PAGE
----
- Observing how the dog responds to meeting different people, both adults and children.
- Observing how the dog responds to being fussed, cuddled and handled.
- Observing how the dog responds to meeting and interacting with other dogs, of various shapes, sizes and breeds.
- Observing how the dog behaves around resources such as food, toys and resting areas.
- Observing how to dog behaves when they have the support of another dog, compared to on their own.
- Observing how the dog copes with being inside a home type environment.
Based on the assessment, we can start to build a picture of each dog’s homing needs. This is a shopping list of things that they definitely need in order to settle in their new home (or definitely won’t be able to cope with) as well as things which would be ideal, but are negotiable. The dogs that we take in will fall somewhere on a spectrum from those who have very few particular homing needs and could fit into most homes, all the way up to those who we know will only thrive in a very specific environment.
Unsurprisingly, the more specific homing criteria a dog has, the more difficult it is to find the right home for them. These dogs tend to be with us for much longer, and therefore you are more likely to see them featured on our social media posts. This is especially true because we try to give the overlooked dogs as much of the limelight as possible, in hopes that their perfect match will notice them! This can make it seem like all of our dogs have very restrictive homing needs, when in reality these dogs are in the minority.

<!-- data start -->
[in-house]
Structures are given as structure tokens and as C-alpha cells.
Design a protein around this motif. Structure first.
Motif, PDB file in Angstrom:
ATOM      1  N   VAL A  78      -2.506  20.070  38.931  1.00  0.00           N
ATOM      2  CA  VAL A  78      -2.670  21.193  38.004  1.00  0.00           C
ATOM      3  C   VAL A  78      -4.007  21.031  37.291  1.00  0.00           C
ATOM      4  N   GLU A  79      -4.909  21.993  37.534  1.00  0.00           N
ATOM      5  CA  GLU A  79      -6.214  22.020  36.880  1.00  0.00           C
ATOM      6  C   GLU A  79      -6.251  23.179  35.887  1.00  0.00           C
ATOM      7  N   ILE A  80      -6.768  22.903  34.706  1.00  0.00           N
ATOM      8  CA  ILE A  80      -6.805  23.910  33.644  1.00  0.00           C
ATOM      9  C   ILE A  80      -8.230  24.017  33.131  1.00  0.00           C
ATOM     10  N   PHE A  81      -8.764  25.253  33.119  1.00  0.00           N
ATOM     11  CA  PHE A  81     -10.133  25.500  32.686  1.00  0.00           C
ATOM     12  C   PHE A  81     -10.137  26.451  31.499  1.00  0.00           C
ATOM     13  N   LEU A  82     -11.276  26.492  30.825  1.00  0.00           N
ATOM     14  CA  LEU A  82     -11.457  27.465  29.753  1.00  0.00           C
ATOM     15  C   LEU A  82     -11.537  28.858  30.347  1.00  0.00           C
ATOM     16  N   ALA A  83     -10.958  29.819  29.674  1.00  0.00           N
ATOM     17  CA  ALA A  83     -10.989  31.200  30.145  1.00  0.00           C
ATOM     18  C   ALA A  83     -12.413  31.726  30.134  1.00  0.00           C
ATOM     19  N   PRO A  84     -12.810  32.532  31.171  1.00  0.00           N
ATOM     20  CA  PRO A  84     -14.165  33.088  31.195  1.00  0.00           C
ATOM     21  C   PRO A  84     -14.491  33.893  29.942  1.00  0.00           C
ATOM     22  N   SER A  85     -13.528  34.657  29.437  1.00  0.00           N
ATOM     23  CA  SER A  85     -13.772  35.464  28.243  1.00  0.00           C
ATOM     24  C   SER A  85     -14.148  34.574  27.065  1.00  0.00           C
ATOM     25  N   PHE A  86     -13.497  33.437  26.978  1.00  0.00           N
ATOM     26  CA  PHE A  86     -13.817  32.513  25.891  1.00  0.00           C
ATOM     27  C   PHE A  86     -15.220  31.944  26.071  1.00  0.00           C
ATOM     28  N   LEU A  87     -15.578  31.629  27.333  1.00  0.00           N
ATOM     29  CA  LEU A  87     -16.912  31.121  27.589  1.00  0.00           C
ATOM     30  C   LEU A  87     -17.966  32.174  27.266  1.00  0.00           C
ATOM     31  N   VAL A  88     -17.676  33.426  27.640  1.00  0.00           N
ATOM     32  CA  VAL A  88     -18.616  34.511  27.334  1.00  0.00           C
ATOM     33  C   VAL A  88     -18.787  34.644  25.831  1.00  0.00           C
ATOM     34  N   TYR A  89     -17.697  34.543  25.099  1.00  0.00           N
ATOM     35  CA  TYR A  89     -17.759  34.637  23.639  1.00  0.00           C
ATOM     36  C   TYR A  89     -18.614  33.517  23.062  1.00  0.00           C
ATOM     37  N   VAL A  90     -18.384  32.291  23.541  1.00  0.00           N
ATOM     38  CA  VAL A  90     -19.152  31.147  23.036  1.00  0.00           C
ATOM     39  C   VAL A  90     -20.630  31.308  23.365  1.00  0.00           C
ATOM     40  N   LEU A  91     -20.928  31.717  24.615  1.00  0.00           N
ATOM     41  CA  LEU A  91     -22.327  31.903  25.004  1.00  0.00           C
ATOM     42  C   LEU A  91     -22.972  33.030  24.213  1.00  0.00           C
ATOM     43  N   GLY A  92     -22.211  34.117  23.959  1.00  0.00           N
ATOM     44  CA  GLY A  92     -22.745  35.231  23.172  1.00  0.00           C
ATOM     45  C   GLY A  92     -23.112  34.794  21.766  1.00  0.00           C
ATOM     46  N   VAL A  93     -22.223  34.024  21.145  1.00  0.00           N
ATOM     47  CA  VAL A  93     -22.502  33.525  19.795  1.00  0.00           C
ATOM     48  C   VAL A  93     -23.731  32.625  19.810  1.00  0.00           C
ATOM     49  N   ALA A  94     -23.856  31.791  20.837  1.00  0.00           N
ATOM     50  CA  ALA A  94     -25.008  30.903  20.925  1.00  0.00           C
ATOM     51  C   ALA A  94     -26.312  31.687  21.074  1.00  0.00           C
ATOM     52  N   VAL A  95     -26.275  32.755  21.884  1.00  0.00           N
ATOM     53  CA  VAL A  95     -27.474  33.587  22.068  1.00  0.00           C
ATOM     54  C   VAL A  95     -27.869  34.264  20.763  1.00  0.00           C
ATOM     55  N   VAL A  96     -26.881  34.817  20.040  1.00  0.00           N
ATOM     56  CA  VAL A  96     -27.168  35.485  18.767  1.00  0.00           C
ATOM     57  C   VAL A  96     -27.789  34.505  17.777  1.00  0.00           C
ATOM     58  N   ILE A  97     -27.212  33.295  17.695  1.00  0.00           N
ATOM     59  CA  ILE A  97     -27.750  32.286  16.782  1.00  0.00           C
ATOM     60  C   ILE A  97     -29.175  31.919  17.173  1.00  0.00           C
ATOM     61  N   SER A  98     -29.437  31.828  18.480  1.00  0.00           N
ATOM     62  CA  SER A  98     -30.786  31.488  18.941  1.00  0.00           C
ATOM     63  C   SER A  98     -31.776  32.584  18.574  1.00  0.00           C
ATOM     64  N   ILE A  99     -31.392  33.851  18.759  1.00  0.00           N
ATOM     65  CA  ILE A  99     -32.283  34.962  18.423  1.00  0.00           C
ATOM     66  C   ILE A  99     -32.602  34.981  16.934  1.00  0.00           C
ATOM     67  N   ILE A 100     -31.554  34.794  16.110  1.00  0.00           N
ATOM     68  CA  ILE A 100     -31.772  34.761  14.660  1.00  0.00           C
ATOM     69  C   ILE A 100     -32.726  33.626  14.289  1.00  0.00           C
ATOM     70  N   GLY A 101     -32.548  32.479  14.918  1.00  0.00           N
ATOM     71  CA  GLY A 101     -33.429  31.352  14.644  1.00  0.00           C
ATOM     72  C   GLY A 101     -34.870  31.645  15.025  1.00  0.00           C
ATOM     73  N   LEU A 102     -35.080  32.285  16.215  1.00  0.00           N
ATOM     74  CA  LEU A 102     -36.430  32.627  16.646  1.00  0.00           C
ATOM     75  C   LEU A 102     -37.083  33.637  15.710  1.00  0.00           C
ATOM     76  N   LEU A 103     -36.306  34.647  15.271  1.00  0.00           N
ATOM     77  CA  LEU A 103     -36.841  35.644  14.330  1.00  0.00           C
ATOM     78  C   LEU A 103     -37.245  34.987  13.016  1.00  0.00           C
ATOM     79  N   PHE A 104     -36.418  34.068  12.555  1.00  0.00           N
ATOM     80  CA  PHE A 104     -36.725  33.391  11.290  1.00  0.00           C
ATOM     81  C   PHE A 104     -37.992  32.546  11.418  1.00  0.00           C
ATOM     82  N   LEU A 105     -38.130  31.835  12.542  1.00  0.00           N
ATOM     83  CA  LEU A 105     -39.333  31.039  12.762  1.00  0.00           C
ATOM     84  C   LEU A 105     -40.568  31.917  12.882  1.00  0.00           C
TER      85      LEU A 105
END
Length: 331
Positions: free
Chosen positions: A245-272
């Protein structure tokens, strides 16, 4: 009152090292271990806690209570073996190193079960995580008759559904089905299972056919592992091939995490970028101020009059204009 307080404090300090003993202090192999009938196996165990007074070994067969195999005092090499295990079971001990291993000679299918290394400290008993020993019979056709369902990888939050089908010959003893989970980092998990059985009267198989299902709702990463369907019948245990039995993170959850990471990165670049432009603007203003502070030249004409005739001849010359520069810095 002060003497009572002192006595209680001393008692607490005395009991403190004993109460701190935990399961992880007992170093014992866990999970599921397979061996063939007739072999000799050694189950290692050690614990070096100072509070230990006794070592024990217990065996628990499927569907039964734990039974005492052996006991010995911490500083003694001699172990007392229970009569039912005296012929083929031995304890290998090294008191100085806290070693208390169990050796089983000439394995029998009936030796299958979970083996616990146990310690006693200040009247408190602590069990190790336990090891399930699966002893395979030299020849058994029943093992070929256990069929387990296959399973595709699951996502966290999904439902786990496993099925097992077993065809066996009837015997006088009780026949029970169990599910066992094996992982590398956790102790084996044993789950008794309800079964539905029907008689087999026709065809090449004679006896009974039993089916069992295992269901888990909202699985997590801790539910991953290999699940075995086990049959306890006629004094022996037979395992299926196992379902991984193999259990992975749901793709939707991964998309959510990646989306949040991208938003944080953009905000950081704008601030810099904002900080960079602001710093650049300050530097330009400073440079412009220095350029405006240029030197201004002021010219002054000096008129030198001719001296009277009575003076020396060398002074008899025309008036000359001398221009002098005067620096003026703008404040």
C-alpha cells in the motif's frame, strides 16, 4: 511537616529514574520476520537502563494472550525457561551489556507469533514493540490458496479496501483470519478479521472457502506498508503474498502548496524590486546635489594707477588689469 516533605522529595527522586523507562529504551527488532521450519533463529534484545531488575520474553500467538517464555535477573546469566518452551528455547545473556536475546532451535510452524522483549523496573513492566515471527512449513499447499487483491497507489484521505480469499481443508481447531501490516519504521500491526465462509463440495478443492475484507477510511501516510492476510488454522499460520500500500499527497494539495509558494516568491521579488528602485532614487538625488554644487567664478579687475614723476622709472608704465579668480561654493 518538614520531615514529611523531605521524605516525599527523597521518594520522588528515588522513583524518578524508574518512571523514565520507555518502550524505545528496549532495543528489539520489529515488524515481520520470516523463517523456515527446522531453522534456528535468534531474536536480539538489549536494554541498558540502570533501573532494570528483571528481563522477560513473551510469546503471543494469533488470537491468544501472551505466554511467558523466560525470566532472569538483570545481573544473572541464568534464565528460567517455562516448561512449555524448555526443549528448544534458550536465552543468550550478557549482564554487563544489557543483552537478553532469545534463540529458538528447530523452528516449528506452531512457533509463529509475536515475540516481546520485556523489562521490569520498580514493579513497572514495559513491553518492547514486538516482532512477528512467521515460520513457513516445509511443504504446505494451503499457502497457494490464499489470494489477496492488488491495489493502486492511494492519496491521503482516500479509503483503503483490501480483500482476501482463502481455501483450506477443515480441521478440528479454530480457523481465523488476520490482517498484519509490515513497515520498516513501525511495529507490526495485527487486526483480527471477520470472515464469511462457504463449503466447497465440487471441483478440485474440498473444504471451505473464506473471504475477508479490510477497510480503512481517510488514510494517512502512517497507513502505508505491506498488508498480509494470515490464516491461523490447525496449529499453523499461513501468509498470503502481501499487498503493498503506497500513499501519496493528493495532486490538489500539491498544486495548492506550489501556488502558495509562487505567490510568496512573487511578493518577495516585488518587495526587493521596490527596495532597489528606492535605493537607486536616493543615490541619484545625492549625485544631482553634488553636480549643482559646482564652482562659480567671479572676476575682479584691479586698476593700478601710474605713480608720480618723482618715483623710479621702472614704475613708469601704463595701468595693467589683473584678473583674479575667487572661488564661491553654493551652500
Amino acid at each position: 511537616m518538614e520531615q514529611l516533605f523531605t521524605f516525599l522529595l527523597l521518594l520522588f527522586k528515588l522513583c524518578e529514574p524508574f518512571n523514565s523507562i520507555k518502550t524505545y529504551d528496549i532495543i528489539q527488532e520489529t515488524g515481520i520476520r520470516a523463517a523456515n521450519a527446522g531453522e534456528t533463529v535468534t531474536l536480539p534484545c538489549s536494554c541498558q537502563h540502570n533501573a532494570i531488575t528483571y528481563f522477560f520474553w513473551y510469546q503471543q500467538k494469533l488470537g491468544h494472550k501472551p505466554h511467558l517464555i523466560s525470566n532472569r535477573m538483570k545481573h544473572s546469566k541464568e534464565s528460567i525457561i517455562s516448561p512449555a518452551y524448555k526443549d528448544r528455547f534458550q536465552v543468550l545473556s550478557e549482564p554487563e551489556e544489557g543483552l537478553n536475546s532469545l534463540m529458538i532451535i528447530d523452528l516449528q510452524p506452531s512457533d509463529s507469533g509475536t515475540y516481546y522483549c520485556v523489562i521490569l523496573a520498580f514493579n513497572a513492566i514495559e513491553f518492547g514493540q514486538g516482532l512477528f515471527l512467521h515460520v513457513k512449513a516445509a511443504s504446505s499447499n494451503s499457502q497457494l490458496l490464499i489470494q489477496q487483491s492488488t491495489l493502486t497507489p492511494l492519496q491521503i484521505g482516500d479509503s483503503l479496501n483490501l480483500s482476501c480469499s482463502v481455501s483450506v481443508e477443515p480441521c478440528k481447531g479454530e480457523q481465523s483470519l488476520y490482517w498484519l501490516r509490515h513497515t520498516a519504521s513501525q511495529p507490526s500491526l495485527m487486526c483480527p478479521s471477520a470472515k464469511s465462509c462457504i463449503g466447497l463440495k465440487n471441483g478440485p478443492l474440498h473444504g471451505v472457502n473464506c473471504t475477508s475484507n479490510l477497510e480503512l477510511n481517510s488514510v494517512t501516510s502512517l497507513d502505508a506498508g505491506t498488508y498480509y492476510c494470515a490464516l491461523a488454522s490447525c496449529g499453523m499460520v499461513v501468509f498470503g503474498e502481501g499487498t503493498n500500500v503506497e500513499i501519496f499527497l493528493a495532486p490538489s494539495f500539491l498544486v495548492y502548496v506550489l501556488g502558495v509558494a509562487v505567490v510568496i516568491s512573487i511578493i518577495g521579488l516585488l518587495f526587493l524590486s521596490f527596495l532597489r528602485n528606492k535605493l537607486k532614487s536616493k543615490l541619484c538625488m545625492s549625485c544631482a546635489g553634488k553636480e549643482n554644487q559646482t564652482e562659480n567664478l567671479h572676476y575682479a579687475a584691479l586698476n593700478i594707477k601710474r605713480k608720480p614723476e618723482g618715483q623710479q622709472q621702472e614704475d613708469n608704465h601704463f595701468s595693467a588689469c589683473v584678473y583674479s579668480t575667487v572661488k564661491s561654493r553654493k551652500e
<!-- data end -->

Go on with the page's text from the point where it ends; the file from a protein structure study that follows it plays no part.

Dogs with fewer specific needs are highly sought after – if a dog is able to live with young children, is house trained and used to home life, is friendly with every dog they meet or can live with cats, they’re going to have people queueing up to adopt them, therefore, there could be a longer waitlist for a dog like this. Whilst all our dogs are put on our website as ‘Newly Arrived’ it might soon become apparent during their assessment that they will be a perfect match for someone already on our waiting list. So, the dog may be homed before they are made available for general applications. Therefore, we would always recommend submitting a general application so that we can consider you as a potential home for our new dogs as soon as they’re assessed and ready to go!
Realistically, it does usually take us longer to find suitable matches for some home offers. In the case of families with young children, this is because we simply cannot take any risks with their safety. Although our assessments are extremely thorough, without home history they can never be 100% fool proof. Sometimes dogs can behave very differently once they move into their new home – either for better or for worse! This means that in order to confidently place a dog without history into a home with young children, we must have seen extremely strong evidence that they are comfortable around children (and all of the strange things that children might decide to do!) and that they do not pose a bite risk. In the case of homes with cats, we simply don’t have the ability to properly assess our dogs around cats – so given their backgrounds and previous experiences, we have to err on the side of caution, unless we have history to suggest that the dog doesn’t pose a risk to small furries.
Like all rescue organisations, our goal is to find forever homes for dogs who would otherwise not have that chance. We want to save as many dogs as we can, so keeping them in kennels longer than needed, based on unnecessarily strict homing restrictions would make no sense at all! However, we know from experience that it is both pointless and irresponsible to place a dog into a home environment which we know is unsuitable, and simply hope for the best.
So please rest assured that when we set homing criteria for a dog, we’re doing so in the best interests not only of that dog, but of yourself as a potential adopter.